Evidence-based policy making

IZA World of Labor is an online platform that provides policy analysts, journalists, academics and society generally with relevant and concise information on labor market issues. Based on the latest research, it provides current thinking on labor markets worldwide in a clear and accessible style. IZA World of Labor aims to support evidence-based policy making and increase awareness of labor market issues.

featured article

Crime and immigration

Do poor labor market opportunities lead to migrant crime?

Brian Bell

Immigration is one of the most important policy debates in Western countries. However, one aspect of the debate is often mischaracterized by accusations that higher levels of immigration lead to higher levels of crime. The evidence, based on empirical studies of many countries, indicates that there is no simple link between immigration and crime, but legalizing the status of immigrants has beneficial effects on crime rates. Crucially, the evidence points to substantial differences in the impact on property crime, depending on the labor market opportunities of immigrant groups.

MoreLess
  • Aggregate labor productivity

    Labor productivity is generally seen as bringing wealth and prosperity; but how does it vary over the business cycle?

    Michael C. Burda, April 2018
    Aggregate labor productivity is a central indicator of an economy’s economic development and a wellspring of living standards. Somewhat controversially, many macroeconomists see productivity as a primary driver of fluctuations in economic activity along the business cycle. In some countries, the cyclical behavior of labor productivity seems to have changed. In the past 20–30 years, the US has become markedly less procyclical, while the rest of the OECD has not changed or productivity has become even more procyclical. Finding a cogent and coherent explanation of these developments is challenging.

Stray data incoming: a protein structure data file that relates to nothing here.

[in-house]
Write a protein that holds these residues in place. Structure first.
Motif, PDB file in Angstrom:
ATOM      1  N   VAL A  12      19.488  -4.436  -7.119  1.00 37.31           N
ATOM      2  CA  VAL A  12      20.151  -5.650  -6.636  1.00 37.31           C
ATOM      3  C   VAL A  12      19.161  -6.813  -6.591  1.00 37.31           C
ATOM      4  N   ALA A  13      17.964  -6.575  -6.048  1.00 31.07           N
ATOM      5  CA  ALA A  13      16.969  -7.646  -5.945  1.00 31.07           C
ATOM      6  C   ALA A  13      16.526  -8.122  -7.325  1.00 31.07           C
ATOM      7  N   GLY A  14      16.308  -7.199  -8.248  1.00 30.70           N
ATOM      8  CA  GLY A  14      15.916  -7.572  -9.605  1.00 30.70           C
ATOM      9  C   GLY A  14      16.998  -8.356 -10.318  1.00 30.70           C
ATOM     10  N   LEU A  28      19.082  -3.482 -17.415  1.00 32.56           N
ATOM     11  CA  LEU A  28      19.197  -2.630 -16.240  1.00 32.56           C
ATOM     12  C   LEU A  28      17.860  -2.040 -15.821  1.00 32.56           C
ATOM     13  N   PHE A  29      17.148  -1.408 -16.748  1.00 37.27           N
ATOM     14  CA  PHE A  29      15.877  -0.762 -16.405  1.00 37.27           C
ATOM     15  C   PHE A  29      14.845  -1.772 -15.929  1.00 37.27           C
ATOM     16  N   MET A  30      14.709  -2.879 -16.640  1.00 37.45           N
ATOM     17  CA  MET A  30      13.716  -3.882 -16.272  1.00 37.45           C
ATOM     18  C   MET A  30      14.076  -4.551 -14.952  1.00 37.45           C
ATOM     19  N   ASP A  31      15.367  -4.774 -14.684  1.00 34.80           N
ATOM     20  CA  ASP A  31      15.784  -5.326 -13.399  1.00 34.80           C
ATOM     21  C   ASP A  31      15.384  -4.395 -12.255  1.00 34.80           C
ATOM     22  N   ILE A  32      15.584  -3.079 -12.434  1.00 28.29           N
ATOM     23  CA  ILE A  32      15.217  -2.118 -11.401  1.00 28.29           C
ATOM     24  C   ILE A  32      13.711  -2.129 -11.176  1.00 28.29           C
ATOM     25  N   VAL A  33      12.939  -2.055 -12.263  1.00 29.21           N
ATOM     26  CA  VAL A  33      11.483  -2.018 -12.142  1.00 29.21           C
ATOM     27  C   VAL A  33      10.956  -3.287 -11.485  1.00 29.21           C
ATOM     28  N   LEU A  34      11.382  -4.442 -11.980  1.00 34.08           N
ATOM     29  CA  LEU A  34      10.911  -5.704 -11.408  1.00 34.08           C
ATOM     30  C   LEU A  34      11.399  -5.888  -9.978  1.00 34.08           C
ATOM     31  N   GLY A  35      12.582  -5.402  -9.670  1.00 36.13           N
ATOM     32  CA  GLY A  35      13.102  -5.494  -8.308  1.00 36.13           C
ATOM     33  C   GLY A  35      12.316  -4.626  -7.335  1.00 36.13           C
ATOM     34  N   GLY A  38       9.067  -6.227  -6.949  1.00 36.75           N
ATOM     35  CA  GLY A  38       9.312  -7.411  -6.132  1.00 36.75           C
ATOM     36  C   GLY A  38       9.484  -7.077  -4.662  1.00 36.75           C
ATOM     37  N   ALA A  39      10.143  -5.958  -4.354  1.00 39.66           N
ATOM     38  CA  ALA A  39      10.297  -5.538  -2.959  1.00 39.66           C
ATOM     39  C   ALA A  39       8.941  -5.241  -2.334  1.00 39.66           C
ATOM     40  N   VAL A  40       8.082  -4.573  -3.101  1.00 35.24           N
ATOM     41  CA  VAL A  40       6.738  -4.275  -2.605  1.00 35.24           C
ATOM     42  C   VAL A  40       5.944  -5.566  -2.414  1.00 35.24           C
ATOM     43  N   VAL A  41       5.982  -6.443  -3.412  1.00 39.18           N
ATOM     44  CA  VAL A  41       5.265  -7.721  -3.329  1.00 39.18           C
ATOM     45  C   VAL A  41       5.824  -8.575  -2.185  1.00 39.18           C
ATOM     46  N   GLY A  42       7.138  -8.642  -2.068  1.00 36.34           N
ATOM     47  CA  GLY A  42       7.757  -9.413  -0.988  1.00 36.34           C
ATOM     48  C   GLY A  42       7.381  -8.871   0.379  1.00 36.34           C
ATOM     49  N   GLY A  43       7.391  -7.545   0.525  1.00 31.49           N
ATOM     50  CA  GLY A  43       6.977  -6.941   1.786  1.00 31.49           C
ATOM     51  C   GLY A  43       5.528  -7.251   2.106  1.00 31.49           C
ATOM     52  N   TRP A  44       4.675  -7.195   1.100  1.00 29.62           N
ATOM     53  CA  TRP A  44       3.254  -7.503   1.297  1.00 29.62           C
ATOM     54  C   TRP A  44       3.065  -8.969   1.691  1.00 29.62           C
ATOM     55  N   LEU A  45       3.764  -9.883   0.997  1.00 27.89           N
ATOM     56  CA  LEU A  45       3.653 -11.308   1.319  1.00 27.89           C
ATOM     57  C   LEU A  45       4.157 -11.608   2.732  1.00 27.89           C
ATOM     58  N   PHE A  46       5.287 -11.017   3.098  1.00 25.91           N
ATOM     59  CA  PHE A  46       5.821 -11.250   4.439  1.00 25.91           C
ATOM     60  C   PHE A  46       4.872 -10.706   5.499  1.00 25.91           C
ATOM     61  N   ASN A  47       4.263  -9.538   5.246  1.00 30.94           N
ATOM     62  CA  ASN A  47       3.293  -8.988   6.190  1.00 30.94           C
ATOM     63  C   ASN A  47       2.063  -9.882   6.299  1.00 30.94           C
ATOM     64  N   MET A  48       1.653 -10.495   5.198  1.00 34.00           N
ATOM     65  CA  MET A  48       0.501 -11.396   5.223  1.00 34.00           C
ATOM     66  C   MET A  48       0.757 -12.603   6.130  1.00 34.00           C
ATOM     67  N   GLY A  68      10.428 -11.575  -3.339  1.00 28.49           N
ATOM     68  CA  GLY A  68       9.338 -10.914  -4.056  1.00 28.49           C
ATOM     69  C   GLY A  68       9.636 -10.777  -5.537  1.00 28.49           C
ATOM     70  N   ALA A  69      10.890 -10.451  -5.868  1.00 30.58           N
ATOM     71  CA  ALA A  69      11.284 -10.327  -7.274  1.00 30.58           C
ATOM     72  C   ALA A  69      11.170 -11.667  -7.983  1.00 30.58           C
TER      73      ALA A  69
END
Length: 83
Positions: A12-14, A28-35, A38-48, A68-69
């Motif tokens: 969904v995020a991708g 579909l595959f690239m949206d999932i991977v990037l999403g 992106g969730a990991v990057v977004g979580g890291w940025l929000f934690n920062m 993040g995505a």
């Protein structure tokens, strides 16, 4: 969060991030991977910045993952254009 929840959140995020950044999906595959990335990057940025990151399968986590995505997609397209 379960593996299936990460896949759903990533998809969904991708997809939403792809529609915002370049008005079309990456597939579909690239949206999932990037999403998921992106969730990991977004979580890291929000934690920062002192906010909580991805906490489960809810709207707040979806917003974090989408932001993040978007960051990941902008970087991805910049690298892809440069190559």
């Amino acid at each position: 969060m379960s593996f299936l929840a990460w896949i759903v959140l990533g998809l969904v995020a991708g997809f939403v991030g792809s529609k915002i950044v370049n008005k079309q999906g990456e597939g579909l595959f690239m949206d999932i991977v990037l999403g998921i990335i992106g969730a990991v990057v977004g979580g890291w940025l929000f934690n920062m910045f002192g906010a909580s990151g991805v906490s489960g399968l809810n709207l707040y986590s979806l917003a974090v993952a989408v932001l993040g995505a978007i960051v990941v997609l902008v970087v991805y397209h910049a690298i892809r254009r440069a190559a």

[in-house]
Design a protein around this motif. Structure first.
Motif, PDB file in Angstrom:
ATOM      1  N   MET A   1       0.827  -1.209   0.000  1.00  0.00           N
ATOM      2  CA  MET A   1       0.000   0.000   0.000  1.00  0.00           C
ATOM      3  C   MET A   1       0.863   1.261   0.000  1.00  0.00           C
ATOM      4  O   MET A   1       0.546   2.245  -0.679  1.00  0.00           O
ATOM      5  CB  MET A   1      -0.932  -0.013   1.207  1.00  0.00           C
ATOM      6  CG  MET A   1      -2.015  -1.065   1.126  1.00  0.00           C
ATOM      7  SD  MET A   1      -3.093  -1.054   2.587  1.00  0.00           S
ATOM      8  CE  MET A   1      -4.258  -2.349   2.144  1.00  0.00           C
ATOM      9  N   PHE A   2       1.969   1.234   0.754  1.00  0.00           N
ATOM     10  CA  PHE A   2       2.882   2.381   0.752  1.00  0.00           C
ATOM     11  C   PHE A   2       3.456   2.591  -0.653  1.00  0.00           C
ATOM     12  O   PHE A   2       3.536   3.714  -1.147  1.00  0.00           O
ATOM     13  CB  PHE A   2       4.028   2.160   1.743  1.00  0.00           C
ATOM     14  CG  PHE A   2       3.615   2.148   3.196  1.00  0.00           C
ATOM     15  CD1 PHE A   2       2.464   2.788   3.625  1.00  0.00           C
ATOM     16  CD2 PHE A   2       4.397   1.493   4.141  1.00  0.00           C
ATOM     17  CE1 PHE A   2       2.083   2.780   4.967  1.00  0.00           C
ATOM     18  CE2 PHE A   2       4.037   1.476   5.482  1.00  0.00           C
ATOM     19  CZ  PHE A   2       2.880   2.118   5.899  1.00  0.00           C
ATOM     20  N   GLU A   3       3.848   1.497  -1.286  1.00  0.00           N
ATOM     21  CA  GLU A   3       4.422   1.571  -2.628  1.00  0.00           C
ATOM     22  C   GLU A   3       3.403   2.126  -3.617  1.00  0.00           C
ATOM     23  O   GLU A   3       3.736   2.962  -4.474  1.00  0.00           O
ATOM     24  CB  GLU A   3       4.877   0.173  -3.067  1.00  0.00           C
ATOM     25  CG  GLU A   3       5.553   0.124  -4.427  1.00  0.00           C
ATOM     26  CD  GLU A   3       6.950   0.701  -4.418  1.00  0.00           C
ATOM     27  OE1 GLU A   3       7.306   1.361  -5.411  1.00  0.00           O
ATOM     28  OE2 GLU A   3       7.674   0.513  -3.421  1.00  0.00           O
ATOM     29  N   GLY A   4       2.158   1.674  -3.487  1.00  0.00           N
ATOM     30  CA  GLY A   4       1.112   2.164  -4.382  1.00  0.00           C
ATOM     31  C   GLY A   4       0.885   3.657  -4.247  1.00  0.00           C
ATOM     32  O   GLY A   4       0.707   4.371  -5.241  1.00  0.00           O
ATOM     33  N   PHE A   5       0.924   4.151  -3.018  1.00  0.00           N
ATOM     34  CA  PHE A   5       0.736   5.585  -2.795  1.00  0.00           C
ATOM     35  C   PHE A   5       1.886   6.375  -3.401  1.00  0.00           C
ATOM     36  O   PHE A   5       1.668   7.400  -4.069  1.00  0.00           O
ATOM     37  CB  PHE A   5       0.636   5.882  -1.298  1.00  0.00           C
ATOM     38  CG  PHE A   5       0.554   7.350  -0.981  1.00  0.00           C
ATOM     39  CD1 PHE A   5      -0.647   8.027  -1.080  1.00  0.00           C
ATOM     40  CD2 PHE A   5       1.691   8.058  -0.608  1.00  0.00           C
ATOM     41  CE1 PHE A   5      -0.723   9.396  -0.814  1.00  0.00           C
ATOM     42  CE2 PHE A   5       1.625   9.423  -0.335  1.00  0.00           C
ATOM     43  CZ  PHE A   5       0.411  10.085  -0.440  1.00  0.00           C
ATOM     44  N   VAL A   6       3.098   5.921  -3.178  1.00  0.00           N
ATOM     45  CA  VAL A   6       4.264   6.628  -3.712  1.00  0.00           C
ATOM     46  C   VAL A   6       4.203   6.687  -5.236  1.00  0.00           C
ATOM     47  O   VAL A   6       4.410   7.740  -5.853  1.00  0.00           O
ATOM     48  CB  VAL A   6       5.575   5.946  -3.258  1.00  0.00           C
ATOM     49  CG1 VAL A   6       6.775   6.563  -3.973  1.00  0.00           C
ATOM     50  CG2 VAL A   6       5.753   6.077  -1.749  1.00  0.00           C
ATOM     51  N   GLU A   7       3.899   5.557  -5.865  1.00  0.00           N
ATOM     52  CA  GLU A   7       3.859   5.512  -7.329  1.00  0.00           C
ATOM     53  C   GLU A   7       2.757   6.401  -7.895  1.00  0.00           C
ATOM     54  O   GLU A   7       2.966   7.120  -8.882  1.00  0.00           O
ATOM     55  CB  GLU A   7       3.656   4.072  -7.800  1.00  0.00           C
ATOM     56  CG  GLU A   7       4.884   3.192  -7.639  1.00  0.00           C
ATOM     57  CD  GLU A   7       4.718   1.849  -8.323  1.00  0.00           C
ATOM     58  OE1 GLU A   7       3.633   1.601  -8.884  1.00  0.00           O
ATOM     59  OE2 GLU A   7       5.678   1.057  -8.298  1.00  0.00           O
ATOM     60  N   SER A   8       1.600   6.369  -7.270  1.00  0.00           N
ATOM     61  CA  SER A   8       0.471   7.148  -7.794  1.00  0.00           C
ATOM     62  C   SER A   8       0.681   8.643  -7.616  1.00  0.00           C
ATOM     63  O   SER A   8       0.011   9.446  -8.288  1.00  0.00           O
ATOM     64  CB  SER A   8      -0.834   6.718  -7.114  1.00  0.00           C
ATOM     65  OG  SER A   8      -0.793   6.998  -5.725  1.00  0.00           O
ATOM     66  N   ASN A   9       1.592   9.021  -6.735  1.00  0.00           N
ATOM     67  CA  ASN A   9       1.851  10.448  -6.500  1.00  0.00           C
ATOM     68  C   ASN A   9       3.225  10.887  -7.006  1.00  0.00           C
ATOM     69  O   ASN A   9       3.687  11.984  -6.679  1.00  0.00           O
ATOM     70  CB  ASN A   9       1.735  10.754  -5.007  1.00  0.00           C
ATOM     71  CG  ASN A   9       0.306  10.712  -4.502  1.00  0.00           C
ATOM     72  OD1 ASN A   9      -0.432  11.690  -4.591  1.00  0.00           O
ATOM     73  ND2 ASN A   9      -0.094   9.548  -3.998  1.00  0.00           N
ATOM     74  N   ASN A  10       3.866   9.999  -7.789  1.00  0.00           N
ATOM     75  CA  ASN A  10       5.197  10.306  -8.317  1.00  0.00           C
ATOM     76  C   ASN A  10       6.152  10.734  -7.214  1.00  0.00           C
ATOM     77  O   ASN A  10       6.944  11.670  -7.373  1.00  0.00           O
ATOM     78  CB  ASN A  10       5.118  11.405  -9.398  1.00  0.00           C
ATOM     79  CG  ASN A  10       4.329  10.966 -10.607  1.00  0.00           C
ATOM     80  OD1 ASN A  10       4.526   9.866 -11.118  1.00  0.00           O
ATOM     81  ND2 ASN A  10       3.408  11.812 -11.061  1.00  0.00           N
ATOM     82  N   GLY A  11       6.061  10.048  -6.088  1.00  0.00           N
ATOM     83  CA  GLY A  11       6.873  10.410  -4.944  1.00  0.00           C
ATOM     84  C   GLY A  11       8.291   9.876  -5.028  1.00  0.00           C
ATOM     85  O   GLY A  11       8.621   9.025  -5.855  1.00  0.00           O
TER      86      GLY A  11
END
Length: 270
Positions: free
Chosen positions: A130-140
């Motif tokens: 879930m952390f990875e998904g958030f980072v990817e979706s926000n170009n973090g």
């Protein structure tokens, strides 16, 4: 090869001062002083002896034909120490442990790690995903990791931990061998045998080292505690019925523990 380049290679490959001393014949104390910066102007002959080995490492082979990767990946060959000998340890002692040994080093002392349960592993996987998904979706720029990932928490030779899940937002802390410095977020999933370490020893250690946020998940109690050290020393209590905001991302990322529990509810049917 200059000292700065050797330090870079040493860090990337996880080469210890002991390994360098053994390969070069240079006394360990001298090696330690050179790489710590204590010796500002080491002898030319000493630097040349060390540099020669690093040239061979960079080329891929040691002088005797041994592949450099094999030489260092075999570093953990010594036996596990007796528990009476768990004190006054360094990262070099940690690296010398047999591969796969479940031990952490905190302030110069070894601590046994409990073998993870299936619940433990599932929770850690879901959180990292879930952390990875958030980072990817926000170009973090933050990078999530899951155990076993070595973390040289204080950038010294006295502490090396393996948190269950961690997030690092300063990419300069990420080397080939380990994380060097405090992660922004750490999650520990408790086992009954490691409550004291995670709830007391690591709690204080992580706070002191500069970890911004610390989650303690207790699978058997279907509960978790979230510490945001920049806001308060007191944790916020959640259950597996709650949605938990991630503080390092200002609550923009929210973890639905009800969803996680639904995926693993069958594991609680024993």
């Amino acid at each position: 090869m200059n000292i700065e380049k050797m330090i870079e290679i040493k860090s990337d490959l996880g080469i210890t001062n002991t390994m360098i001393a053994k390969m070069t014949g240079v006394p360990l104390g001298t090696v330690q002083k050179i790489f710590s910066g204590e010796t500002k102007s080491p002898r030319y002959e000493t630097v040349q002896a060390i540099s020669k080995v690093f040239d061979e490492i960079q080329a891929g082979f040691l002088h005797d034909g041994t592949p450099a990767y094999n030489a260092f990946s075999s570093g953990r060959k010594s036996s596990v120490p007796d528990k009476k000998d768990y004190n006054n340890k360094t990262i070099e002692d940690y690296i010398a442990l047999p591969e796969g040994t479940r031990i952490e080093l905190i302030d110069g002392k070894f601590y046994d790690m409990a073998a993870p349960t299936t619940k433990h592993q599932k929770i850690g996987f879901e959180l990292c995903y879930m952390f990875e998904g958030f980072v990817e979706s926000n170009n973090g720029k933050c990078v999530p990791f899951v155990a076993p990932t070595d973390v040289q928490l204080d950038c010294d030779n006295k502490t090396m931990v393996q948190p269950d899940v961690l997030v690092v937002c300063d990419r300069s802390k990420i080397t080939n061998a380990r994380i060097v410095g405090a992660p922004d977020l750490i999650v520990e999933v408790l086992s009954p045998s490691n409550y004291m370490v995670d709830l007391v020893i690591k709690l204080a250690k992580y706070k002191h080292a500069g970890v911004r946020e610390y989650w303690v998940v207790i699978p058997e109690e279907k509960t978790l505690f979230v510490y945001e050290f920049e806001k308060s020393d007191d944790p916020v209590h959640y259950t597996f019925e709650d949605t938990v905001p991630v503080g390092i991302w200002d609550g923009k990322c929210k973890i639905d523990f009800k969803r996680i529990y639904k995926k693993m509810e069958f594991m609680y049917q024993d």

MoreLess
  • The labor market in New Zealand, 2000–2017

    Employment has grown steadily and the gender gap and skill premiums have fallen

    David C. Maré, April 2018
    New Zealand is a small open economy, with large international labor flows and skilled immigrants. Since 2000, employment growth has kept pace with strong migration-related population growth. While overall employment rates have remained relatively stable, they have increased substantially for older workers. In contrast, younger workers as well as the Maori and Pasifika ethnic groups experienced a sharp decline in employment rates and a rise in unemployment around the time of the global financial crisis. Wage gains have been modest and there has been a compression of earnings differentials by gender as well as by skill.